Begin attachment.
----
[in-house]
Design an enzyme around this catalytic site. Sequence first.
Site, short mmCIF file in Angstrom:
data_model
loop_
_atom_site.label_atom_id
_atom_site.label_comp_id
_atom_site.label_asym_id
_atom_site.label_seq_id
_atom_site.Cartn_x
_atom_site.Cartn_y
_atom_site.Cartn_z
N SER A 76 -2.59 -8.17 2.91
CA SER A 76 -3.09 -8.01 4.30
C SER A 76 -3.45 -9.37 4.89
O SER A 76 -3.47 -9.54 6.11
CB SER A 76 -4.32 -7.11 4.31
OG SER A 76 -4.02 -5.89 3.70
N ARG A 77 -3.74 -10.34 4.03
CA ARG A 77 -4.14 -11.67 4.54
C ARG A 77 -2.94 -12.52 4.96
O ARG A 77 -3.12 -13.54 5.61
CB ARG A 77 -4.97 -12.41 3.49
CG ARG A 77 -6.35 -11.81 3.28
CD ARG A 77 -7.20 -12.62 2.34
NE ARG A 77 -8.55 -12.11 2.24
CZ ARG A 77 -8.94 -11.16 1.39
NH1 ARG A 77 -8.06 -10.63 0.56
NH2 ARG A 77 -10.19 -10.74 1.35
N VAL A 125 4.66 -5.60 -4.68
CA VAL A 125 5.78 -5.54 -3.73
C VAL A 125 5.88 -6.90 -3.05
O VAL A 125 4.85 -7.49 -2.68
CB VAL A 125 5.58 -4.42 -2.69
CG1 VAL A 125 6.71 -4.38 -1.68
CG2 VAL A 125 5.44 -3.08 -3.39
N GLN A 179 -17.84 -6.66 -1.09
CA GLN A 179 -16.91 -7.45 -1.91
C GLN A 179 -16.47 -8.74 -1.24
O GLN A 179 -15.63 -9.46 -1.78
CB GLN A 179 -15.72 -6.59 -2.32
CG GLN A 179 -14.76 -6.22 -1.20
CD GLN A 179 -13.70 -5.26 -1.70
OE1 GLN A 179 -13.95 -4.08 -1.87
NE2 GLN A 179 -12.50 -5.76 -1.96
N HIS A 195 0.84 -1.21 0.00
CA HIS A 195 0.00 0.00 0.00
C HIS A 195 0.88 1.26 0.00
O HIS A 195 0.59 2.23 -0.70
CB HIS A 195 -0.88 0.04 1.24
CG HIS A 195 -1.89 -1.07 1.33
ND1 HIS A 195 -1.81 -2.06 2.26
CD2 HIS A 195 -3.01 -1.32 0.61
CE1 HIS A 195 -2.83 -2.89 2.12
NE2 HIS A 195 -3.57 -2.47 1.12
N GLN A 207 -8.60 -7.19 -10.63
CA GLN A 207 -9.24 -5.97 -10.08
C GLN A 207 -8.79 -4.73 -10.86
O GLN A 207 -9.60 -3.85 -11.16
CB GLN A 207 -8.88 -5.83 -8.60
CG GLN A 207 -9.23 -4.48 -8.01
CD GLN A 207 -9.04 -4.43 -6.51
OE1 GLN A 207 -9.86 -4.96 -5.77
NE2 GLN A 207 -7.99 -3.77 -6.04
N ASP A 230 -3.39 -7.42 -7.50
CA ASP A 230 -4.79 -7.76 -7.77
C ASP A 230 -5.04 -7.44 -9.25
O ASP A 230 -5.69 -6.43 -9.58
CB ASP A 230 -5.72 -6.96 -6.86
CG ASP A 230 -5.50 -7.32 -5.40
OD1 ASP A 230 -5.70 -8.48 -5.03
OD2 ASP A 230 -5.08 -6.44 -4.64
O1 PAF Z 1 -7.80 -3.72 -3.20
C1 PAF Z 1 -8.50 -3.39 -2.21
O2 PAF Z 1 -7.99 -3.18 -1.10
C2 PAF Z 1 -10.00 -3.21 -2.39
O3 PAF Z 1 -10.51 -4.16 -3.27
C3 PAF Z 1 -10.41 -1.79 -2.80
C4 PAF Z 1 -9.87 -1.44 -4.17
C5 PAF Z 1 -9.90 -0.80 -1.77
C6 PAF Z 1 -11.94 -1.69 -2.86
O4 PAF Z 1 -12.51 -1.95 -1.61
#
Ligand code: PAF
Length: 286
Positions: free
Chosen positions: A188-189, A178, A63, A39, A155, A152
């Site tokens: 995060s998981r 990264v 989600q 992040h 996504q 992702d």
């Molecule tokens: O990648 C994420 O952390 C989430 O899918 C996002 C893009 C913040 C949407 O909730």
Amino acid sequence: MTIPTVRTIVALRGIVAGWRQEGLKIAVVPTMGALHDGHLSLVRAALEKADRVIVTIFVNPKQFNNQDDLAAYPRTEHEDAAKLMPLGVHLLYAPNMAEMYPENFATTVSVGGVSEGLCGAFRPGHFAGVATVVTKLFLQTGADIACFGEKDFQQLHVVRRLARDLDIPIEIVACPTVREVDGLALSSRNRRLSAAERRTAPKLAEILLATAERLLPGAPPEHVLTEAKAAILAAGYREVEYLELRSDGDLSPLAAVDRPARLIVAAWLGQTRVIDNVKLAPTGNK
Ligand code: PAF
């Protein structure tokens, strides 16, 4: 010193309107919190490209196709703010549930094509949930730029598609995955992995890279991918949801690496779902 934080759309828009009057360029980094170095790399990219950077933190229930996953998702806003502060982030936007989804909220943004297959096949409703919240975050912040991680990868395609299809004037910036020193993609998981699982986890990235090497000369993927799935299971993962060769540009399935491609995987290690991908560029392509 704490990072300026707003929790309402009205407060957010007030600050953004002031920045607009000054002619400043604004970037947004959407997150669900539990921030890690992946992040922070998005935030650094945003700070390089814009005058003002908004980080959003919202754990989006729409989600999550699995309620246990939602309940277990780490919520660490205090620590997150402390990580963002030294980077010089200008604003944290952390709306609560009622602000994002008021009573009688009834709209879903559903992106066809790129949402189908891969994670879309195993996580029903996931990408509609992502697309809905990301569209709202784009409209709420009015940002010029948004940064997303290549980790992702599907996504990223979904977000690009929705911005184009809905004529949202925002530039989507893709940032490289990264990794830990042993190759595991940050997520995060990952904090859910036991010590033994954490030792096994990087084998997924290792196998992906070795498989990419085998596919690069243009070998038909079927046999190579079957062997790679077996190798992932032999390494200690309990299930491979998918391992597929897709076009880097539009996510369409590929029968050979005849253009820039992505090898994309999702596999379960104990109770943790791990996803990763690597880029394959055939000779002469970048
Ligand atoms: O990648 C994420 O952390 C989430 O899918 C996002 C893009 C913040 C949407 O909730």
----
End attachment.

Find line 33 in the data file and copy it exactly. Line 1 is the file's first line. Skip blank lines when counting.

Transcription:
O VAL A 125 4.85 -7.49 -2.68